If you’re buying a new TV, you might come across terms like “dimming zones” or “full-array local dimming” in marketing materials. Understanding what this means and how it relates to image quality can help you make a better buying decision.
Backlights and Dimming Zones
There are two types of displays dominating the market at the moment, LED-lit LCDs and self-emissive OLED displays. Since OLED sets don’t have a backlight, local dimming only applies to LED-lit LCD sets. Full-array local dimming means that zones can be adjusted independently across the display as opposed to edge-lit dimming that can only dim in horizontal bands.
Dimming zones reduce backlight intensity in specific areas of the screen to improve the contrast ratio. This is necessary because LCD TVs rely on a backlight to shine through the display stack to create an image on the screen. To display black, this backlight must be effectively blocked out, which can result in black appearing to be gray.
Since contrast ratio is one of the most important factors that determine image quality, reducing the backlight can improve the contrast ratio by making blacks blacker. More zones mean greater control over the image being displayed on the screen.
Manufacturers refer to dimming zones differently in their marketing materials. Look for words like “local zones” or “contrast control zones,” and be aware that larger screen sizes could have more zones than smaller ones, even on the same model of TV.
Full-array local dimming is no longer mostly reserved for higher-end LED sets, with budget manufacturers offering the feature as standard on cheaper models like the TCL 5-Series.
TCL 5-Series HDR QLED Roku Smart TV
This TV is fully-featured beyond full-array local dimming and comes at a reasonable price.
Understanding the Limitations of Local Dimming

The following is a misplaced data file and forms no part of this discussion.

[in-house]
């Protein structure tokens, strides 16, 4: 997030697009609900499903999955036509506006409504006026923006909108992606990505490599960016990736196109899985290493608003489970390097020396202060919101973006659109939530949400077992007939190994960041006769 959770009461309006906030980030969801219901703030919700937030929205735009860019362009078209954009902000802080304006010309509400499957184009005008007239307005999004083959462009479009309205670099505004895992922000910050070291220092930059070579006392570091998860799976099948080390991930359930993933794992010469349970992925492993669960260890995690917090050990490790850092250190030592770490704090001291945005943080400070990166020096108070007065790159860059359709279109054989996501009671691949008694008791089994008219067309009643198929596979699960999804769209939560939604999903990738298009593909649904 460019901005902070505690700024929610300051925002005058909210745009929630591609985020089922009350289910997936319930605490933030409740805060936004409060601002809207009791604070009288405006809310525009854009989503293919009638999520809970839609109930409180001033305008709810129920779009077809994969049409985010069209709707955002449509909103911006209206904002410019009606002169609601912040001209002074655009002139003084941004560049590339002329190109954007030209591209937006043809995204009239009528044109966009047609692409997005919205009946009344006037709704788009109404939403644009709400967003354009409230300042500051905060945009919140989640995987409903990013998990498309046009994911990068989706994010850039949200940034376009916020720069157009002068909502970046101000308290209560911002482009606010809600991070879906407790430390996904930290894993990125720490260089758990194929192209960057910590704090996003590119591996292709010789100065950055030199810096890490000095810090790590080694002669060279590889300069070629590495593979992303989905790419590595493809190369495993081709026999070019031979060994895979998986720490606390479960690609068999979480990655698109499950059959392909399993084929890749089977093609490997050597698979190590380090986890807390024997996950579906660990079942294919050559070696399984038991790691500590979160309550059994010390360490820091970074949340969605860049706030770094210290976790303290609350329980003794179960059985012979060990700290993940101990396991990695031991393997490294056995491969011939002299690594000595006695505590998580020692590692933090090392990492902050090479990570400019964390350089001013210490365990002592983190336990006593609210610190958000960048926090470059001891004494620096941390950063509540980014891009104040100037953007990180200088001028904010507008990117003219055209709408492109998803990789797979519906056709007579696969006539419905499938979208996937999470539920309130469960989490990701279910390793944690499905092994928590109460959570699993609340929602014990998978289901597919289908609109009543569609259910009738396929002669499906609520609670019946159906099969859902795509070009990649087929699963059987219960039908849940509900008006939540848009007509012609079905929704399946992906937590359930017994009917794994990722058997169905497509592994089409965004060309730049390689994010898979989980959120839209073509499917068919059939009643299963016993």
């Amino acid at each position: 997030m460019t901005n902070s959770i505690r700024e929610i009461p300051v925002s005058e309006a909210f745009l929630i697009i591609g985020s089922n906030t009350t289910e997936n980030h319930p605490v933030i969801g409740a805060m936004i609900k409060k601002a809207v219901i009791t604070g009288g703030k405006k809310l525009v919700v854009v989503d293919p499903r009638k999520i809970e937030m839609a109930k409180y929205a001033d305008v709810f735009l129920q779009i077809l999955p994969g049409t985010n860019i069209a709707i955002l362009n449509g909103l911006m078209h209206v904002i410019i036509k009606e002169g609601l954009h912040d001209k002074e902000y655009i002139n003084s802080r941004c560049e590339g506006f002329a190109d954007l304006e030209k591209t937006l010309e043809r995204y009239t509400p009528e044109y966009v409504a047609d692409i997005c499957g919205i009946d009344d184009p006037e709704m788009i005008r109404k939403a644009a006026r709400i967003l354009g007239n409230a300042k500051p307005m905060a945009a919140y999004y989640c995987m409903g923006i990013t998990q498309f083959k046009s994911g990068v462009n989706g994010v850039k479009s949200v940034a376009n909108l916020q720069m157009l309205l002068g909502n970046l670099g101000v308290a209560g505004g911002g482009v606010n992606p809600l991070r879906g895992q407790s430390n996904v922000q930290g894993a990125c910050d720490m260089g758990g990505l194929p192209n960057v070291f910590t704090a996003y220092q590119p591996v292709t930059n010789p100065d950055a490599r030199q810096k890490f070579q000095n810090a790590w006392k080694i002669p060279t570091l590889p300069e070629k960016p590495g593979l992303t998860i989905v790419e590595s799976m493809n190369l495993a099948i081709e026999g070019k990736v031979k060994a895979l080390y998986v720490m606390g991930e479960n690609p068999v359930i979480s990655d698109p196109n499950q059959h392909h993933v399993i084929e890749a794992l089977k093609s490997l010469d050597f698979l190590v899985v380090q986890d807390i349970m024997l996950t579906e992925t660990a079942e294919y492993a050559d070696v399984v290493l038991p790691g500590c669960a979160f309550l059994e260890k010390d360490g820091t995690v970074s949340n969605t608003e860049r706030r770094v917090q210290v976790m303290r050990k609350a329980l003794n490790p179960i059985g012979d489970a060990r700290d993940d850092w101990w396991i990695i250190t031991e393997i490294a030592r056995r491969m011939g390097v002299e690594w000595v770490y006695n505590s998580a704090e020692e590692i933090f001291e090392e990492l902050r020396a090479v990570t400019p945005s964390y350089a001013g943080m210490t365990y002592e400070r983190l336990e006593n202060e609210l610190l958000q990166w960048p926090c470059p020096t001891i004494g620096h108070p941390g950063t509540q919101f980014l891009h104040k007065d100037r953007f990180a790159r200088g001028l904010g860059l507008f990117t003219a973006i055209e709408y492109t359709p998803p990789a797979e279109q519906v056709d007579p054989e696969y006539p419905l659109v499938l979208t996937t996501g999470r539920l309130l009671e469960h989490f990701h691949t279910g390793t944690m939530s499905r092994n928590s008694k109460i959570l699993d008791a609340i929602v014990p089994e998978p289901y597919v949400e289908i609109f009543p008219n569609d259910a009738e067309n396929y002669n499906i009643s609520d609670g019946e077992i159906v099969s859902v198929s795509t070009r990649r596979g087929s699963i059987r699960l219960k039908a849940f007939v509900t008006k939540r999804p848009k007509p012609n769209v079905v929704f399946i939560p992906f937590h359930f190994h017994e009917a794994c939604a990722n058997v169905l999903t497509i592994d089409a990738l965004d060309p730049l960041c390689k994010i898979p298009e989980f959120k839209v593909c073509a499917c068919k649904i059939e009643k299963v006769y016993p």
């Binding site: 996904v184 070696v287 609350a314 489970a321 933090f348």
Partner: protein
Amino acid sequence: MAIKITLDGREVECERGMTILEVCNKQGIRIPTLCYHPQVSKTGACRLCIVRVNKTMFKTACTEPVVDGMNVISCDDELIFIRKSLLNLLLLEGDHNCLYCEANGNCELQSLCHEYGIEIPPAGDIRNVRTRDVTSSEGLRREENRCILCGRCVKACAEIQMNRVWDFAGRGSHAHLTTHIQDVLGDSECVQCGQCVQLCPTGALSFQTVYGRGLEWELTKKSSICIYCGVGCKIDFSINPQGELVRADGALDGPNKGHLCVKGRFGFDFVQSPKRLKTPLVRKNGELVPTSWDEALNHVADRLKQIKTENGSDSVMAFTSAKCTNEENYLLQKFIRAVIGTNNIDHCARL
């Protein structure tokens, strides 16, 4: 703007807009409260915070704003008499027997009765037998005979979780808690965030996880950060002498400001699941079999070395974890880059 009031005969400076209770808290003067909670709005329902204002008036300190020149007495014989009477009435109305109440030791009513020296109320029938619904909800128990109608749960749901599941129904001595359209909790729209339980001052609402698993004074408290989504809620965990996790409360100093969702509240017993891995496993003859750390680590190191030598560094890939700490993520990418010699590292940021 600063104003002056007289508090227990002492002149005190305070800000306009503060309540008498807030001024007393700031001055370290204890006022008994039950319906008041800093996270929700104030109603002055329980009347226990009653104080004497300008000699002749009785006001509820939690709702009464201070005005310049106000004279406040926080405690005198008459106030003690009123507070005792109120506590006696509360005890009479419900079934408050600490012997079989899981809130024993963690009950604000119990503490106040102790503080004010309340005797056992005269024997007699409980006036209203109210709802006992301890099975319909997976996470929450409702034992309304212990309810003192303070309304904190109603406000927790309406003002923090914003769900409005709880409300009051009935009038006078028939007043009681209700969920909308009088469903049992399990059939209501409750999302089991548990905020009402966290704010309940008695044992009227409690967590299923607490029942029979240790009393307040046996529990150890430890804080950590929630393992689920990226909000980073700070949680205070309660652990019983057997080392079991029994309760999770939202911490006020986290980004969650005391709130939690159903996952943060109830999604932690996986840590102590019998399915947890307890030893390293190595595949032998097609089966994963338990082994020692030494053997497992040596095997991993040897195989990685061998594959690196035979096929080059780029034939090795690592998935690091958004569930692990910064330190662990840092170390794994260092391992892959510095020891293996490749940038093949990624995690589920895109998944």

Dimming zones aren’t perfect, and there’s a limit to how effective they can be. For example, on a scene with light and dark elements, you might be able to see the edge of a dimming zone due to “ghosting,” where the backlight elevates dark areas of the screen in a distracting manner.
At the same time, on a predominantly dark scene, you might experience black crush, where dimming causes a loss in shadow detail or subtle highlights. A good example of this is a starfield test, where stars disappear because the dimming algorithm doesn’t deem them bright enough to trigger the backlight.
Since dimming relies on the processor inside the TV, the feature can introduce latency. This isn’t an issue when watching movies or TV, but it can be a problem when playing games. For this reason, some TVs disable or downgrade their dimming capabilities while in game mode.
This can result in a worse contrast ratio, where blacks appear elevated. It’s not going to be so noticeable in a brightly lit room, but if you play in the dark, then you might want to look at getting an OLED display instead.
Local Dimming Doesn’t Apply to OLED
If you’re looking at buying an OLED television, you don’t need to worry about local dimming zones. Since OLED is self-emissive, each pixel is capable of generating its own light output. There’s no need to dim a backlight because there’s no backlight.
Learn more about the difference between OLED and LED-lit LCD in our guide to buying a TV.